Botox treatment for cerebral palsy


Wednesday, February 15, 2017

 

Most of us associate the word Botox with anti-wrinkle treatment. But when Botox is used for people with cerebral palsy, it’s not about smoothing out wrinkles, but about relaxing tight muscles.

 

People with cerebral palsy often experience their muscles as very tight, which makes it hard to stretch muscles and joints. This can create gross motor problems. When Botox is injected in muscles, it inhibits nerve impulses and stops signals from the nerves from reaching the muscles. The hyperactive muscles are spared the neural contractions, and they can relax.  When the muscles are relaxed, they have much greater mobility, as they no longer create involuntary movements and contractions. The effects of Botox last around 3-4 months, so it is important to take advantage of the effect while it is there.

 

Important to train during treatment

Botox in itself only makes muscles relax. A long-term improvement of gross motor function will not be seen, unless the individual trains intensively during the period of time where the Botox has an effect. It’s important to take advantage of the period of freedom from hyperactive muscles.

During Botox treatment, it can therefore be a very good idea to intensify training exercises in cooperation with a physiotherapist. The muscles are suddenly relaxed compared to earlier, so it is possible for the body to attain positions and exercises that wouldn’t be possible otherwise. With Happy Rehab, training can be done at home, and it’s easy to do when the time and motivation is there.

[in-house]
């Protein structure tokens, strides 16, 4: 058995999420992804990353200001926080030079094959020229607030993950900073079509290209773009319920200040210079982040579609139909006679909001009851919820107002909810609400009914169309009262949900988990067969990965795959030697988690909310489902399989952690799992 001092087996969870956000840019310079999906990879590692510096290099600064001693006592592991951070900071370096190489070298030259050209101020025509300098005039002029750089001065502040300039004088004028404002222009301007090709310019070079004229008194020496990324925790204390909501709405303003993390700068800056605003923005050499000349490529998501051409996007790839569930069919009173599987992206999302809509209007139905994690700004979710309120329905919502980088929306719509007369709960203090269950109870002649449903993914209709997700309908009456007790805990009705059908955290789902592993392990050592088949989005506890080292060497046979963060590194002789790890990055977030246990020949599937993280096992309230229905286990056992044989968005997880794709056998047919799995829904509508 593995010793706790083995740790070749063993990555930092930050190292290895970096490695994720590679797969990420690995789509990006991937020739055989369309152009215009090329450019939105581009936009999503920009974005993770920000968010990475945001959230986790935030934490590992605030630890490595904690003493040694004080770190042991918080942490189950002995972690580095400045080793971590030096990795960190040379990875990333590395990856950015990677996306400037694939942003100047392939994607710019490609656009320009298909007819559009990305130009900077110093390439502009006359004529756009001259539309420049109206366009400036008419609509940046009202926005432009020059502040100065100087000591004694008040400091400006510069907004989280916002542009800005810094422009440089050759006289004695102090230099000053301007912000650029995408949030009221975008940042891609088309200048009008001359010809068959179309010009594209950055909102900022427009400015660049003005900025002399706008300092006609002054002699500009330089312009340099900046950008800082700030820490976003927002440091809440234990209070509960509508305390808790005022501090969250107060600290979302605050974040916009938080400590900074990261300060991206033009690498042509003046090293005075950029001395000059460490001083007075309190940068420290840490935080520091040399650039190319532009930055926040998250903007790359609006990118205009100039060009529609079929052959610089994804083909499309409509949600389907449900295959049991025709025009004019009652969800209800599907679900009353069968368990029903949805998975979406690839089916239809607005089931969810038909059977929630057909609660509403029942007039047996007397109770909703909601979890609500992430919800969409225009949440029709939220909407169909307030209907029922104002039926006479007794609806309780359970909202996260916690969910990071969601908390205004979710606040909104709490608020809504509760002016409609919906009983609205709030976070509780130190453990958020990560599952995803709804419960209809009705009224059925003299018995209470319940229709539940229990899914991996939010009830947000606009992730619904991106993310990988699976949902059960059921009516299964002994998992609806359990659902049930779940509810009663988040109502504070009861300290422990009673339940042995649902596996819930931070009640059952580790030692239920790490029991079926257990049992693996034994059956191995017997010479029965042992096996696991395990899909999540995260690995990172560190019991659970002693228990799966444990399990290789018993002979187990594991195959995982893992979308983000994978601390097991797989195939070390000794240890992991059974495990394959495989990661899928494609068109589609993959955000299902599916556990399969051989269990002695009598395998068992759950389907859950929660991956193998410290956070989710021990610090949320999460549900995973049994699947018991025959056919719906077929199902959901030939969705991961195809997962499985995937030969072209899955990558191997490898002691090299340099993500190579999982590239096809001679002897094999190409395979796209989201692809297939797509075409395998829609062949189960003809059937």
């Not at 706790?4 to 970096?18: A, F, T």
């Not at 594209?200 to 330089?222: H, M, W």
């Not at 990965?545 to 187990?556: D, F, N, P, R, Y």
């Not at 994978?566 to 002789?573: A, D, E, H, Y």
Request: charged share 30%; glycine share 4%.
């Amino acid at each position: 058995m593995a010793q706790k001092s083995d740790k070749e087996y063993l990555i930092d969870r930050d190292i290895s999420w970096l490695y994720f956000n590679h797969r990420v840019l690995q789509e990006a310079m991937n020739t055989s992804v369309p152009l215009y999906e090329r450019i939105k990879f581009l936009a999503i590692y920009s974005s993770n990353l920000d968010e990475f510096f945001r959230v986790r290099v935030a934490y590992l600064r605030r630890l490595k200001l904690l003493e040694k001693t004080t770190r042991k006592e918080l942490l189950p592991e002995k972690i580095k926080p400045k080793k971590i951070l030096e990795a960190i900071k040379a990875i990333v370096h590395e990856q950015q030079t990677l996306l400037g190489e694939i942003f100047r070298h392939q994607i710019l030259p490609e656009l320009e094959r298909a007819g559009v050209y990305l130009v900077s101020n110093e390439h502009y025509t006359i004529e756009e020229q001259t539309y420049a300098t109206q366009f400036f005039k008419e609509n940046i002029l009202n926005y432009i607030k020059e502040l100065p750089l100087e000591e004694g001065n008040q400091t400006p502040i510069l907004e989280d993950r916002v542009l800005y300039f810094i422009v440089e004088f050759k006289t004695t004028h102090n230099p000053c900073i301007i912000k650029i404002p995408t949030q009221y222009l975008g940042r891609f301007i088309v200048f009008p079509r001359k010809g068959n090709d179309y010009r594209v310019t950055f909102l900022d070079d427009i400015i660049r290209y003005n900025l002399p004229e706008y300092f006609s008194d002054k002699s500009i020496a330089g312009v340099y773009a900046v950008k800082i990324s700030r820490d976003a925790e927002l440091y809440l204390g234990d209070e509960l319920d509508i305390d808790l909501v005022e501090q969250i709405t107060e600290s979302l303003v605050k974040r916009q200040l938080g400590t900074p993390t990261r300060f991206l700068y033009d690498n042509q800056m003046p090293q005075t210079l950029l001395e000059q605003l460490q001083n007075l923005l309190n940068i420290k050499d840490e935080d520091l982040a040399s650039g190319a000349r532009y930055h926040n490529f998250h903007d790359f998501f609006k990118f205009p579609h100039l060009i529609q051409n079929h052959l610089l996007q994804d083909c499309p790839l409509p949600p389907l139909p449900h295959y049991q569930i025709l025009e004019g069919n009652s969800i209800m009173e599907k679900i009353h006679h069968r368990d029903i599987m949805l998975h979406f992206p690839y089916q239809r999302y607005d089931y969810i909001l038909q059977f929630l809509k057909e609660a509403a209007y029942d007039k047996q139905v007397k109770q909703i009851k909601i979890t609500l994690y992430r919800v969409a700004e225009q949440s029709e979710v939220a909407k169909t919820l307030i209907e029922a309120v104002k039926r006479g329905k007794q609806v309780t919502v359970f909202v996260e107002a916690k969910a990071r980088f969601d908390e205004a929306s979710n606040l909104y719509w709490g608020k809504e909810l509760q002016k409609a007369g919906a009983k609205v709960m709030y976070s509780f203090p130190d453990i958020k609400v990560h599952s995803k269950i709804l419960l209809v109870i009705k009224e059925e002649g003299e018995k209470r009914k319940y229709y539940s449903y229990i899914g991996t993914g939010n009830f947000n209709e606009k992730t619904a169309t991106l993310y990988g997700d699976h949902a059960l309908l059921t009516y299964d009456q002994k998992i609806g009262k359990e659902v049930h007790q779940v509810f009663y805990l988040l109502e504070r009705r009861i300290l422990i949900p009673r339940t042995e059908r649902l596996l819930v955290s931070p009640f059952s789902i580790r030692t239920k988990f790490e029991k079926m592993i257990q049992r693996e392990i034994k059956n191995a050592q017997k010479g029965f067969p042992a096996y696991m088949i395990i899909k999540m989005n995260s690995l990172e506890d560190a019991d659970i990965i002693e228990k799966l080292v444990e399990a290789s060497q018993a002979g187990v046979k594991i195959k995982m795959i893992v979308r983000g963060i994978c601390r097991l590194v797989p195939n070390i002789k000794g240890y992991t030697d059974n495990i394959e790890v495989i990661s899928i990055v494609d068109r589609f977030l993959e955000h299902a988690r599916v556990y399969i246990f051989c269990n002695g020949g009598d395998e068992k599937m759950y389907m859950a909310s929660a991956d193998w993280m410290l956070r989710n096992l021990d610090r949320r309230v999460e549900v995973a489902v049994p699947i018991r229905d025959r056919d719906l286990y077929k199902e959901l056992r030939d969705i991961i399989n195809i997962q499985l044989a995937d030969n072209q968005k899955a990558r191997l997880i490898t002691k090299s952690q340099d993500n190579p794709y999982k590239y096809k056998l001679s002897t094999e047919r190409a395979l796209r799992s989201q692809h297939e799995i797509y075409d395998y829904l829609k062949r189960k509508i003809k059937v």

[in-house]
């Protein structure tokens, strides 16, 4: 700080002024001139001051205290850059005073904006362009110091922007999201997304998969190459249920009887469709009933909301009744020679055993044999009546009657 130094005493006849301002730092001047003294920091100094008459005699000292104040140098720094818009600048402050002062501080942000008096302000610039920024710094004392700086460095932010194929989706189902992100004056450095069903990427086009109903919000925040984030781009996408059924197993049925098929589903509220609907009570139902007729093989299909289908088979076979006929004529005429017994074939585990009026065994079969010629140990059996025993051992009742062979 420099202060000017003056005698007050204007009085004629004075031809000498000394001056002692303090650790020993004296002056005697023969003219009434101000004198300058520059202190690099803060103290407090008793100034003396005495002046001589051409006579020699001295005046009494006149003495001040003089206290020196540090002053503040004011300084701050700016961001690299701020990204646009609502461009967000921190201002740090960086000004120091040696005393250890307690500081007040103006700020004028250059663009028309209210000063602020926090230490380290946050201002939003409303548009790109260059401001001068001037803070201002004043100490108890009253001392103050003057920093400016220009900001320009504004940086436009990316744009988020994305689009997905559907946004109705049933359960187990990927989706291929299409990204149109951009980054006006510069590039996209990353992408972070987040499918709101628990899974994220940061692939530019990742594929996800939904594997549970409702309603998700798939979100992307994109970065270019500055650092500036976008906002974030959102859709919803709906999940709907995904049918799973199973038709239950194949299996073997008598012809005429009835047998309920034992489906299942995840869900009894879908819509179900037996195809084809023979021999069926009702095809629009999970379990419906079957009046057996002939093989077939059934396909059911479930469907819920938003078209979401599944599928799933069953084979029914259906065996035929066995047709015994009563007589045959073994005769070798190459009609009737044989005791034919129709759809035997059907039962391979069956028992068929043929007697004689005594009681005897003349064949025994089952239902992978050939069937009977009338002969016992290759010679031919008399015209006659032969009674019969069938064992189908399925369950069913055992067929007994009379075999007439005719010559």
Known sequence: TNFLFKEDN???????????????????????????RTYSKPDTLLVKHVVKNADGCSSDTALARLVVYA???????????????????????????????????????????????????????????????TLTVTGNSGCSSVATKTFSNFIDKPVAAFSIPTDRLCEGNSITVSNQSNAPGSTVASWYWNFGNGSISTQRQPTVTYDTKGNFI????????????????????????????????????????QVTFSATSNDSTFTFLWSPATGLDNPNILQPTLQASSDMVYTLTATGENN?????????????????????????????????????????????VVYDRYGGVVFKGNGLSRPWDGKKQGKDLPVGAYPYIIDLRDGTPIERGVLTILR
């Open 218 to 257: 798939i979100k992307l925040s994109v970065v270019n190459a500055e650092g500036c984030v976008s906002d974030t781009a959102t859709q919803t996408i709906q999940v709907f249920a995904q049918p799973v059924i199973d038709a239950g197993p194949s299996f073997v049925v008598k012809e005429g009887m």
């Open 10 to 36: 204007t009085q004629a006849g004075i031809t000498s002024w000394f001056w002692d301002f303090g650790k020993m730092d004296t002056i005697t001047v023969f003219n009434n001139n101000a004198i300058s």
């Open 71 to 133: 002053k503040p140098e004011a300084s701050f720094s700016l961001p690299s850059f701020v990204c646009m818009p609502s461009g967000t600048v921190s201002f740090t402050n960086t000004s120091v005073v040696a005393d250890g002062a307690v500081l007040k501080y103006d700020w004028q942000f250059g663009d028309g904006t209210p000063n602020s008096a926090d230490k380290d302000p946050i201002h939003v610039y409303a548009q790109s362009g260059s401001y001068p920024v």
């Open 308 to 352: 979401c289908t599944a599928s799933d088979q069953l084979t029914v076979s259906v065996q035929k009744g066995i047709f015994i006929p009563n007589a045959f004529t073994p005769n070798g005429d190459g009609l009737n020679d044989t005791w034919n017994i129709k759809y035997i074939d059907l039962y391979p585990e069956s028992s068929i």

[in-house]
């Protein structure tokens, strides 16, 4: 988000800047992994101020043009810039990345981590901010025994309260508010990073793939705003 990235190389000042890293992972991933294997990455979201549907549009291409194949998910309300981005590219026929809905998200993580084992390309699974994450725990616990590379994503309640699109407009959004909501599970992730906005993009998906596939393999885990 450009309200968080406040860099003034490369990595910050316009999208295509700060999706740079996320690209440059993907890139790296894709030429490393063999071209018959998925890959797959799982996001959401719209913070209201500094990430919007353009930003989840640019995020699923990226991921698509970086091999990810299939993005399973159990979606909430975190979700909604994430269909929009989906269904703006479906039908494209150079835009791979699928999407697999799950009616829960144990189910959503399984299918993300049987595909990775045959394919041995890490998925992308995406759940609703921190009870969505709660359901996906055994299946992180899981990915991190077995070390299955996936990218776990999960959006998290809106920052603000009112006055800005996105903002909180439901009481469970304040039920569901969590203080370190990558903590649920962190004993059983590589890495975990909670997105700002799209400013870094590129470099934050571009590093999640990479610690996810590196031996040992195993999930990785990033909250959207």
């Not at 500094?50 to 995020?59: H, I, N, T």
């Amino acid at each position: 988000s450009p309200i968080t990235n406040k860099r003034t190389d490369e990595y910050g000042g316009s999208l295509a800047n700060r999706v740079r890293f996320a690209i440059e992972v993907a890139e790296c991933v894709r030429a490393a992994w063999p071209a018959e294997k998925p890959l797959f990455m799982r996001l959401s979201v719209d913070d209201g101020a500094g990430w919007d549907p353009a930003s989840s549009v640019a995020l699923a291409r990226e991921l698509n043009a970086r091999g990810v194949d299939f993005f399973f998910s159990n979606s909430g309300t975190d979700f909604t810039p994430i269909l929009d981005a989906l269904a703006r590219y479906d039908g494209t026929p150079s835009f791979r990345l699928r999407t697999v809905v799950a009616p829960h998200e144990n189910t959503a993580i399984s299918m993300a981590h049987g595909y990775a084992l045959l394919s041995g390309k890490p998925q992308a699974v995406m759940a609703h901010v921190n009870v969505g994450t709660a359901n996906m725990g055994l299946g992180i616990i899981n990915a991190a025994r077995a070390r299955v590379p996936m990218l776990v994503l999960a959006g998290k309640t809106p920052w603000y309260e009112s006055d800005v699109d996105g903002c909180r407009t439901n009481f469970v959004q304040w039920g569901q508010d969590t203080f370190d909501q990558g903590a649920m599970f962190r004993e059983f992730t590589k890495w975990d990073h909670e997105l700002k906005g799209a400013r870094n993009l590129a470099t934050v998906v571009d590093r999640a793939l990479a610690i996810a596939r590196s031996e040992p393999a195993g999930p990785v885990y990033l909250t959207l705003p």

When the effect of Botox has worn out, after 3-4 months, it is possible to see gross motor function improvement, even when the hyperactive muscle tension is back. Many choose to repeat Botox injections, in order to prolong the effect and duration of training. This can give very good results in the long run.

 

Very few side effects

Chief Surgeon Bjørn Lofterød at Oslo University Hospital stated to the Norwegian newspaper, Aftensposten, that there are side effects, but that they are few and temporary. As long as the Botox is injected correctly, there should be no side effects. This is ensured by using ultrasound during injection, in order to, for example, avoid injecting Botox into the bloodstream. Bjørn Lofterød has never seen a case where injections aren’t done correctly, but he still recommends that Botox be given no more than two to three times a year. The muscles need time to rest and recover. 

 

However, no treatment is enough when isolated, and this is also the case for Botox. To achieve the best results, it is important to consult your physiotherapist to see what fits you or your child best.

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